08/24/2015 12:12 EDT | Updated 08/24/2016 05:59 EDT

How to Announce Your Engagement

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Congratulations on your engagement! You found your match -- that's the hardest part. The rest is just blissful happily ever after, right? Well, sort of.

Engagements tend to bring an onslaught of unsolicited advice. Everyone will have an opinion about what you should do next. And there will be plenty of time to sort all of that out. For now, the first step is rolling out the news that it is official: You're getting hitched.

Traditionally an engagement ring is sported for the first time on the day your engagement is public. In short, if you are wearing the ring, then those nearest and dearest to you should know you are indeed engaged. Here are three things to take into account as soon as they put a ring on it.

1. Family first

Parents are typically the first the share in the news, preferably in an intimate setting, and the same applies if you or your groom-to-be have children -- little ones should hear the news directly from you, in private. If you and your fiancé want to be the ones to tell siblings or grandparents yourselves, it is perfectly acceptable to ask parents to stay tight-lipped for a few days, giving you time to personally tell others in your immediate family, if you like.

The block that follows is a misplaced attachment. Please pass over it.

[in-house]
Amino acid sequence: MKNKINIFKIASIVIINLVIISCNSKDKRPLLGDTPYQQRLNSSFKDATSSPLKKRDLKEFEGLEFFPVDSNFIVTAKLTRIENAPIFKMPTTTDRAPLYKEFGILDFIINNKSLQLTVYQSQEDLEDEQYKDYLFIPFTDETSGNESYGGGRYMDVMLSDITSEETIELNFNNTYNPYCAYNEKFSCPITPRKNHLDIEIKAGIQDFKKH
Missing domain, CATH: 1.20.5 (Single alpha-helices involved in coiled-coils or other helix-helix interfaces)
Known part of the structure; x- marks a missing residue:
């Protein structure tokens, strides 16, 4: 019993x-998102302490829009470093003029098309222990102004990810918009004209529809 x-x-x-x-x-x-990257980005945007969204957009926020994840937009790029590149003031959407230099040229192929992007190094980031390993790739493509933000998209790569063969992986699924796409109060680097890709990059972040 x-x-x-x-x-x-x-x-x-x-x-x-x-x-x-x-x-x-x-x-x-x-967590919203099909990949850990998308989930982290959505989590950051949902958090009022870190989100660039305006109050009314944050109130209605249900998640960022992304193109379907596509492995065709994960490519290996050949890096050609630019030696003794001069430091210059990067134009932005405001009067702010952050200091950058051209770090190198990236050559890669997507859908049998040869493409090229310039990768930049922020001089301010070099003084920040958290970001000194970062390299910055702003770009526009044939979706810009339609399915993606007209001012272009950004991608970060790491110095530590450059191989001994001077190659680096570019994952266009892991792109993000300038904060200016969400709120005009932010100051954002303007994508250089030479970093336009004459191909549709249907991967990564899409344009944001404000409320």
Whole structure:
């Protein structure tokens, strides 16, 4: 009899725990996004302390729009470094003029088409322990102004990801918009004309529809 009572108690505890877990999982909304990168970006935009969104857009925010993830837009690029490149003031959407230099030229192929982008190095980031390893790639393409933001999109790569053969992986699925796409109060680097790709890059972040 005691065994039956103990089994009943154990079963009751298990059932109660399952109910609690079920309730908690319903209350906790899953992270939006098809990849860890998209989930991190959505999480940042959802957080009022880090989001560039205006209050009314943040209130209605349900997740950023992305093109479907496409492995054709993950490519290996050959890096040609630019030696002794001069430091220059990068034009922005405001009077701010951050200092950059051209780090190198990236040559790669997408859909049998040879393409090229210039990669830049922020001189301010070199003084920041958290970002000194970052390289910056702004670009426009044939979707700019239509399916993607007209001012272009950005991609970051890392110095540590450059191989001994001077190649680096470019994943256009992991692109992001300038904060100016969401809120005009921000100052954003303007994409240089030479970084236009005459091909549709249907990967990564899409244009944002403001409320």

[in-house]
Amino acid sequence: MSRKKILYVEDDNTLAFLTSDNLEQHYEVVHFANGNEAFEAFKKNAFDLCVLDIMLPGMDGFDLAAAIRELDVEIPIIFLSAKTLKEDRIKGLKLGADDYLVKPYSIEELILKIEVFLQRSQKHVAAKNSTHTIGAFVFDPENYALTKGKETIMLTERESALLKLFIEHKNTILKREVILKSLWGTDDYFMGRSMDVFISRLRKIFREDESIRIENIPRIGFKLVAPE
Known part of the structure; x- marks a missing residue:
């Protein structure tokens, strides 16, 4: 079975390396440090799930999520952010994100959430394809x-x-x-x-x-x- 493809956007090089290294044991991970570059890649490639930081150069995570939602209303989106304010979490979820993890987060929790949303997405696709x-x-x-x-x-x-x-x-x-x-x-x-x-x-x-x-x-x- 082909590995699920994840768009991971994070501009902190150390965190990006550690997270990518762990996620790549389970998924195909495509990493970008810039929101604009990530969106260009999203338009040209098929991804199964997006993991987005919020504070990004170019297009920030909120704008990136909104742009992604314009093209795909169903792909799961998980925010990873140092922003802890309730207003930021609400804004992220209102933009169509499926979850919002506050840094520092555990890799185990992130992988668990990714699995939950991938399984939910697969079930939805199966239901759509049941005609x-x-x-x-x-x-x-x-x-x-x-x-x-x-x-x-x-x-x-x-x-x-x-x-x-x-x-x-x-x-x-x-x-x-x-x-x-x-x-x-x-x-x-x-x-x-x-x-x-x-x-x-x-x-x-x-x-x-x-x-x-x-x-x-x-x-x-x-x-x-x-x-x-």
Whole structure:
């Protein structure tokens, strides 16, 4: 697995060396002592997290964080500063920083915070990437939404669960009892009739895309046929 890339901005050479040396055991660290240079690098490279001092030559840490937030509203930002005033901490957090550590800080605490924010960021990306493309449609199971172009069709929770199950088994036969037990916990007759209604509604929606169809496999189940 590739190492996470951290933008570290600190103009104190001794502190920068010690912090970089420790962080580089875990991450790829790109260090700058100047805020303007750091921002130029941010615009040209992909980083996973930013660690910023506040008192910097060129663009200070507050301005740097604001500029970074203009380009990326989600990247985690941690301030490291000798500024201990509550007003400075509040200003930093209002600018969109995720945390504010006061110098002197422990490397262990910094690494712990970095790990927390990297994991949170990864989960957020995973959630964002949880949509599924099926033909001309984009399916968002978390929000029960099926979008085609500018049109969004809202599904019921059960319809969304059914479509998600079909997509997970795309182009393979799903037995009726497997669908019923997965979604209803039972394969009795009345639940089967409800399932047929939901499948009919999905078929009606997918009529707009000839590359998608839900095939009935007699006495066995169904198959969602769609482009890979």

2. The medium is the message

Once the news is out to your close friends, marvel in how quickly word travels! You will undoubtedly be relished with warm wishes -- take the time to revel in them. If time and distance afford it, telling loved ones that you are engaged ideally happens in person (if not, a gleeful FaceTime or phone call will do).

3. Public announcements come last

A sage rule is that the closer the relationship to the newly engaged couple, the more intimate the form of communication. Acquaintances might find out through Instagram or Facebook, but the people you are close enough to celebrate your birthday with, for example, should hear in a more special way. If you do tout your engagement publicly, whether that is updating your relationship status on Facebook or your parents wanting to arrange for an engagement announcement in the local newspaper, do it after your inner circle knows the news. And by all means, take your time! This doesn't have to happen the day or even the week you get engaged.

Back to my earlier point of unsolicited advice -- here is some from me. If you can swing it, consider keeping your engagement between you and your beloved for a day or two, or even an evening. There will be good time to share the joy with family and friends, but there is a teeny tiny sliver of time when your engagement is just between the two of you. It's perfectly intimate, terribly romantic and so special. Once you share it, it's no longer just between the two of you, so make the most of that time. Then be prepared for the champagne, the celebrating, the precarious negotiating of priorities and budget and the warm wishes. Allow me to be the first to congratulate you on your engagement!


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